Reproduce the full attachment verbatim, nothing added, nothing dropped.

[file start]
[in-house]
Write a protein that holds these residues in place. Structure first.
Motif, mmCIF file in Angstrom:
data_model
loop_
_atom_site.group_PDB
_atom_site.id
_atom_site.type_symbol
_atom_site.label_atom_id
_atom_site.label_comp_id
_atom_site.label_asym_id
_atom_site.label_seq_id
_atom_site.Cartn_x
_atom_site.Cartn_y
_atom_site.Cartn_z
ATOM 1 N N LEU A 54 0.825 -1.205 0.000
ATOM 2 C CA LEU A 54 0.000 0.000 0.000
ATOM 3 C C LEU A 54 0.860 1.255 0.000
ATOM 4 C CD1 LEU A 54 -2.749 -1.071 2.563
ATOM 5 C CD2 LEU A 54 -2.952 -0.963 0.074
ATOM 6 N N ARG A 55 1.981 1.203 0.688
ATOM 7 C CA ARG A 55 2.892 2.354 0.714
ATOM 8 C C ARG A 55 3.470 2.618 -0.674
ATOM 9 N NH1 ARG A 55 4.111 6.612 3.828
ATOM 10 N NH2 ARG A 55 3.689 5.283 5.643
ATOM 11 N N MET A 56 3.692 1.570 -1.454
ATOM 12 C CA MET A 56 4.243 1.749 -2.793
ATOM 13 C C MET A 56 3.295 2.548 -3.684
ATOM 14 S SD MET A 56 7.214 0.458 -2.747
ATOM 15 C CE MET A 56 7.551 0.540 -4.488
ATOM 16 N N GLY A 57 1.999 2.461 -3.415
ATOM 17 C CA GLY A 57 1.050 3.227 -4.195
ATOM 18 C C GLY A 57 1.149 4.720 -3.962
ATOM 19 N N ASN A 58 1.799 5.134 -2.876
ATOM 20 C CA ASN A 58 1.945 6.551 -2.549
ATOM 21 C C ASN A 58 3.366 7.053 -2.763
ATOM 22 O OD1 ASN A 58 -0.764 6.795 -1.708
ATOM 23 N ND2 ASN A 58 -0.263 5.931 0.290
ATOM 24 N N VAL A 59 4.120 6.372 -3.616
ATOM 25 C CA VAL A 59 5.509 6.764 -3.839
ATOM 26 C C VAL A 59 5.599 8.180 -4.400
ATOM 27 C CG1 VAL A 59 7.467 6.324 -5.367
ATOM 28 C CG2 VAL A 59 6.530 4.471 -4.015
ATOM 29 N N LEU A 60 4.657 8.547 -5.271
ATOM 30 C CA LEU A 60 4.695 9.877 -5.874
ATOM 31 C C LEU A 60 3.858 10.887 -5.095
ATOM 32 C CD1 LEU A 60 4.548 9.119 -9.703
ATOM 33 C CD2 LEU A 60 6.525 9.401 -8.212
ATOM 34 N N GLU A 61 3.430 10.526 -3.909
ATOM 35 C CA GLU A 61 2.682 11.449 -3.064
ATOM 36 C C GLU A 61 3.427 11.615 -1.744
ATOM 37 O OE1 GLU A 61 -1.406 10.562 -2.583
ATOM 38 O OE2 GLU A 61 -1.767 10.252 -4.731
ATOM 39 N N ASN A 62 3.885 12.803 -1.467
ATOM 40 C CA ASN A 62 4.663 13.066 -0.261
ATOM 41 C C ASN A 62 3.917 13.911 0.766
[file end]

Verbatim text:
[in-house]
Write a protein that holds these residues in place. Structure first.
Motif, mmCIF file in Angstrom:
data_model
loop_
_atom_site.group_PDB
_atom_site.id
_atom_site.type_symbol
_atom_site.label_atom_id
_atom_site.label_comp_id
_atom_site.label_asym_id
_atom_site.label_seq_id
_atom_site.Cartn_x
_atom_site.Cartn_y
_atom_site.Cartn_z
ATOM 1 N N LEU A 54 0.825 -1.205 0.000
ATOM 2 C CA LEU A 54 0.000 0.000 0.000
ATOM 3 C C LEU A 54 0.860 1.255 0.000
ATOM 4 C CD1 LEU A 54 -2.749 -1.071 2.563
ATOM 5 C CD2 LEU A 54 -2.952 -0.963 0.074
ATOM 6 N N ARG A 55 1.981 1.203 0.688
ATOM 7 C CA ARG A 55 2.892 2.354 0.714
ATOM 8 C C ARG A 55 3.470 2.618 -0.674
ATOM 9 N NH1 ARG A 55 4.111 6.612 3.828
ATOM 10 N NH2 ARG A 55 3.689 5.283 5.643
ATOM 11 N N MET A 56 3.692 1.570 -1.454
ATOM 12 C CA MET A 56 4.243 1.749 -2.793
ATOM 13 C C MET A 56 3.295 2.548 -3.684
ATOM 14 S SD MET A 56 7.214 0.458 -2.747
ATOM 15 C CE MET A 56 7.551 0.540 -4.488
ATOM 16 N N GLY A 57 1.999 2.461 -3.415
ATOM 17 C CA GLY A 57 1.050 3.227 -4.195
ATOM 18 C C GLY A 57 1.149 4.720 -3.962
ATOM 19 N N ASN A 58 1.799 5.134 -2.876
ATOM 20 C CA ASN A 58 1.945 6.551 -2.549
ATOM 21 C C ASN A 58 3.366 7.053 -2.763
ATOM 22 O OD1 ASN A 58 -0.764 6.795 -1.708
ATOM 23 N ND2 ASN A 58 -0.263 5.931 0.290
ATOM 24 N N VAL A 59 4.120 6.372 -3.616
ATOM 25 C CA VAL A 59 5.509 6.764 -3.839
ATOM 26 C C VAL A 59 5.599 8.180 -4.400
ATOM 27 C CG1 VAL A 59 7.467 6.324 -5.367
ATOM 28 C CG2 VAL A 59 6.530 4.471 -4.015
ATOM 29 N N LEU A 60 4.657 8.547 -5.271
ATOM 30 C CA LEU A 60 4.695 9.877 -5.874
ATOM 31 C C LEU A 60 3.858 10.887 -5.095
ATOM 32 C CD1 LEU A 60 4.548 9.119 -9.703
ATOM 33 C CD2 LEU A 60 6.525 9.401 -8.212
ATOM 34 N N GLU A 61 3.430 10.526 -3.909
ATOM 35 C CA GLU A 61 2.682 11.449 -3.064
ATOM 36 C C GLU A 61 3.427 11.615 -1.744
ATOM 37 O OE1 GLU A 61 -1.406 10.562 -2.583
ATOM 38 O OE2 GLU A 61 -1.767 10.252 -4.731
ATOM 39 N N ASN A 62 3.885 12.803 -1.467
ATOM 40 C CA ASN A 62 4.663 13.066 -0.261
ATOM 41 C C ASN A 62 3.917 13.911 0.766